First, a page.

ing the pinch as Citibank, one of the largest
institutions in the United States, had severed
corresponding relations with a local bank. He
declined to name the bank.
Among the members of the GAB are Repub-
lic Bank, the Guyana Bank For Trade and
Industry, Demerara Bank and Bank of Nova
Baptiste said the deficiencies identified by
CFATF translate into the risk of money laun-
dering going undetected within the financial
system. This results in a higher probability of
proceeds of crime (money laundering/terrorism
financing) being circulated within Guyana and
Belize, he said.
"Through international trade, there is, there-
fore, also the risk of these proceeds circulating
further into other banks and entities as well
as through other banks outside of these coun-
tries. This exacerbates the issue of money
laundering beyond the borders of Guyana and
Belize and raises the possibility of the inte-
gration of dirty money into multiple jurisdic-
Answering a question on whether Guyana
and Belize have been blacklisted by the CFATF,
Baptiste said: "The FATF blacklist is the short-
hand description for the their list of "Non-
Cooperative Countries or Territories" (NCCTs);
that is, countries which it perceived to be non-
cooperative in the global fight against money
laundering and terrorist financing.
"The list of countries on the FATF blacklist
can be found on their Web site
(www.fatf.gafi.org). There are two categories:
non-compliant and not-sufficiently compliant.
"As at the last update of those lists, neither
Belize nor Guyana appears on it. The lists are
regularly reviewed, however, and so that could
"In the meantime, as mentioned before,
CFATF has asked member countries to consider
implementing counter measures to protect
their financial systems from the ongoing money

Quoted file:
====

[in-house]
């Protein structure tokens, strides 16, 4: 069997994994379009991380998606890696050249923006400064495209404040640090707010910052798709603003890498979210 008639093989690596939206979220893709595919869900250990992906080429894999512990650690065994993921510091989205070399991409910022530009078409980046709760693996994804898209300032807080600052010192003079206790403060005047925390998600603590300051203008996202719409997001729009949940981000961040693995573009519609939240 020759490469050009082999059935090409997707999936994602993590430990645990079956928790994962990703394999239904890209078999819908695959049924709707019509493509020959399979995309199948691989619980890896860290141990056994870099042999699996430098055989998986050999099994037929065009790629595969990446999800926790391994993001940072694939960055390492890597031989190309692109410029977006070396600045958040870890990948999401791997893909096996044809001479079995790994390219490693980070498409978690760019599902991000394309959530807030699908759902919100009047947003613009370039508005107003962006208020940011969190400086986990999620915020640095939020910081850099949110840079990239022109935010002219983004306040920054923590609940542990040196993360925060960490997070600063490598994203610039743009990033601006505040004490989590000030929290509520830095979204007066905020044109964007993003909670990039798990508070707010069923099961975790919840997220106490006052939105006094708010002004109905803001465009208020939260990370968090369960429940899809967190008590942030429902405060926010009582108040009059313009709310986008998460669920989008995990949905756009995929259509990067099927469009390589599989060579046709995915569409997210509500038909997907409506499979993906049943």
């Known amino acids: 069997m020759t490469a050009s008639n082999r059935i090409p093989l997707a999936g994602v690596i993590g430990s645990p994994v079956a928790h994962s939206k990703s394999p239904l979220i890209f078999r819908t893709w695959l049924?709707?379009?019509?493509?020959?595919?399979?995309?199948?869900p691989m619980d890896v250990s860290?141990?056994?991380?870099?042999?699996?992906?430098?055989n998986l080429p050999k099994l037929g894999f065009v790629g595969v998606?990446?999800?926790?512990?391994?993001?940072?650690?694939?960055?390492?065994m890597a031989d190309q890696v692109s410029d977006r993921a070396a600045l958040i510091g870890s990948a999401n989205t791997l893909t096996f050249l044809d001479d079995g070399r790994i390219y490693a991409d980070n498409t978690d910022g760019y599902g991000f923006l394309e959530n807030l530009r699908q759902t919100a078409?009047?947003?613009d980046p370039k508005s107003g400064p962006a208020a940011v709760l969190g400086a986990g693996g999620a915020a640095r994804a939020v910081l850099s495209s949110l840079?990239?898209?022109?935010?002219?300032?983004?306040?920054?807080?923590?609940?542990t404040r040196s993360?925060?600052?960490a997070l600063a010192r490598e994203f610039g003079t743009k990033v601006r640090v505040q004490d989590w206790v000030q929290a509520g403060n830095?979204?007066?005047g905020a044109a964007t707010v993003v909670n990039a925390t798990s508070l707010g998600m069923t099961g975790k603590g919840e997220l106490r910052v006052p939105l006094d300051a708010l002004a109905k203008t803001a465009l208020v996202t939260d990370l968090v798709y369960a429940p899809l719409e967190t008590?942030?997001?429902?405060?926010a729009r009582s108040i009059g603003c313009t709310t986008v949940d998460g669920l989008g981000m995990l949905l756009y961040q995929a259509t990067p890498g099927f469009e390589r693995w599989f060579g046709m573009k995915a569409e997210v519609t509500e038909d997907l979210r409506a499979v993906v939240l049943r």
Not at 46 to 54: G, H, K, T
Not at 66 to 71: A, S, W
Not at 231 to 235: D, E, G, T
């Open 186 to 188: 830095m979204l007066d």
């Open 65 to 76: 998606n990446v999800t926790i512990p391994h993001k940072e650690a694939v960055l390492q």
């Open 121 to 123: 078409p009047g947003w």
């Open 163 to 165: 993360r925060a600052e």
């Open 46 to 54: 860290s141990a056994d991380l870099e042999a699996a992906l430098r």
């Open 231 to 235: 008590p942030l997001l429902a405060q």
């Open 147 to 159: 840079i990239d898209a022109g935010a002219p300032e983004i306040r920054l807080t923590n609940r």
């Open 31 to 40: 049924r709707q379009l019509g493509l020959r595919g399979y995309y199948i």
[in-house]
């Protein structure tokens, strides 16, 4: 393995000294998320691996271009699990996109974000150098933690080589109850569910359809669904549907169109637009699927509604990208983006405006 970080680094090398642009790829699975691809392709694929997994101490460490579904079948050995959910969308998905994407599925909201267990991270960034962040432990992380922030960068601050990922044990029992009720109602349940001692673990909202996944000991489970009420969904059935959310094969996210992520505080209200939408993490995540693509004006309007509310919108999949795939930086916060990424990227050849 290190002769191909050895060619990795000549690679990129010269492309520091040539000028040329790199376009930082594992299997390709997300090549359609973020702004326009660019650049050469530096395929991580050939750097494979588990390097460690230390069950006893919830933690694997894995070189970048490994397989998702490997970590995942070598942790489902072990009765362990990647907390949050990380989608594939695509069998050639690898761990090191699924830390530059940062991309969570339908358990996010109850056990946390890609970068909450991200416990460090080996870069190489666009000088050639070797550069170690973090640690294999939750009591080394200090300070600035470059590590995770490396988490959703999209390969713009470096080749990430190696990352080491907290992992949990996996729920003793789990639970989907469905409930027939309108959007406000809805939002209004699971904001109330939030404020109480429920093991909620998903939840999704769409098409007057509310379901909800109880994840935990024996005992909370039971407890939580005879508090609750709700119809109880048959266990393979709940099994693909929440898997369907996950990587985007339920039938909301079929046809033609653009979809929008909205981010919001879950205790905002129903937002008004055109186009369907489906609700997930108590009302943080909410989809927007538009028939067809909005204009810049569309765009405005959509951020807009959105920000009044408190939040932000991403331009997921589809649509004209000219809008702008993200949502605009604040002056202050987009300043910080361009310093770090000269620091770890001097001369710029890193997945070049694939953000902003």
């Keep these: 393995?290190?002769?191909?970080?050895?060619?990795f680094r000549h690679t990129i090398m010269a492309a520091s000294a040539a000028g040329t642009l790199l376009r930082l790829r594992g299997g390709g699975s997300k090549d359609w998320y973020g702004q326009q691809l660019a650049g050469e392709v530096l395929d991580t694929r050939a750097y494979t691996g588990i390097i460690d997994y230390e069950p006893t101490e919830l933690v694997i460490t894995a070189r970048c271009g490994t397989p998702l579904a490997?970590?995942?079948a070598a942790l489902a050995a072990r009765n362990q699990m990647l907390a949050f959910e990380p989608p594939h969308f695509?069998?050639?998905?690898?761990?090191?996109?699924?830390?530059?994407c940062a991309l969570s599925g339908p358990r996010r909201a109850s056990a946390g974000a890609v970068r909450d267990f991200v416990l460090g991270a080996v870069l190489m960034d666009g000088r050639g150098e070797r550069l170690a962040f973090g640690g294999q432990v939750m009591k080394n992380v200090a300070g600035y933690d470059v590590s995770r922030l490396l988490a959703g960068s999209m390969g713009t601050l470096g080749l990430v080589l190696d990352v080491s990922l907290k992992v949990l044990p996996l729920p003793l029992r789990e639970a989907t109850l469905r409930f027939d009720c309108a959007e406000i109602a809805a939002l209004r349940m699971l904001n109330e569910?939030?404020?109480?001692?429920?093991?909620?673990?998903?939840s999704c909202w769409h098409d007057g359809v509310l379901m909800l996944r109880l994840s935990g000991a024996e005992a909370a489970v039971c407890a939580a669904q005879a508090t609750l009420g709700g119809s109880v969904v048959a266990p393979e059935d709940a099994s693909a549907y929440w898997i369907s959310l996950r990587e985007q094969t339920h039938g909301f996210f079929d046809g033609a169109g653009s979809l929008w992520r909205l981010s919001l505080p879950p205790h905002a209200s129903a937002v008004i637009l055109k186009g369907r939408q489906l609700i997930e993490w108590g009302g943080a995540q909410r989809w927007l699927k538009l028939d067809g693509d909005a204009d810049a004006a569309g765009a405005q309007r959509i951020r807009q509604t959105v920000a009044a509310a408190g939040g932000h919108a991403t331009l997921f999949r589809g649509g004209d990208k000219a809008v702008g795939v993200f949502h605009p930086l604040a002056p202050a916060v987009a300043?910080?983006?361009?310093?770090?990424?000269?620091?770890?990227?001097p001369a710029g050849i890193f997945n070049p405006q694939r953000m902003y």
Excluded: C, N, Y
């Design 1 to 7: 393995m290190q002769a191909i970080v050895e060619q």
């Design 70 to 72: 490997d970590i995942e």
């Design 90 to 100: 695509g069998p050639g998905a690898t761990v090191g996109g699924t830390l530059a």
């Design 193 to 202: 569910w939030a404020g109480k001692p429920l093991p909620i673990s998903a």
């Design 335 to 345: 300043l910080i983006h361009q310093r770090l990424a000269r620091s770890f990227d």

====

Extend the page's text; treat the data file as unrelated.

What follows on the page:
laundering and terrorist financing risks."
While Belize and Guyana are facing financial
issues as a result of failure to put the appro-
priate legislation in place, Dominica has escaped
Jurisdictions with strategic AML/CFT defi-
ciencies that have made significant progress
in addressing these deficiencies.
Dominica was identified in November 2011
as having significant strategic deficiencies in
its AML/CFT regime.
The CFATF and Dominica developed an
action plan with identified target dates to
address the strategic deficiencies that existed
in Dominica s national architecture to combat
money laundering and the financing of ter-
"The CFATF issued a public statement in
May 2013 recommending that Dominica enact
legislation and issue relevant guidelines
addressing their AML/CFT deficiencies.
Dominica has since brought into force signif-
icant mechanisms to address its AML/CFT
deficiencies. Dominica and the CFATF should
continue to work together to ensure that
Dominica s reform process is completed."
Republic Bank on Guyana, Belize blacklisting...
It could affect trade and payments
The naming and shaming
of Belize and Guyana was
done "to protect the
system from money
laundering and financing
of terrorism (ML/FT)
risks and to encourage
greater compliance with
the AML/CFT standards."
Links Archive December 11th 2013 December 13th 2013 Navigation Previous Page Next Page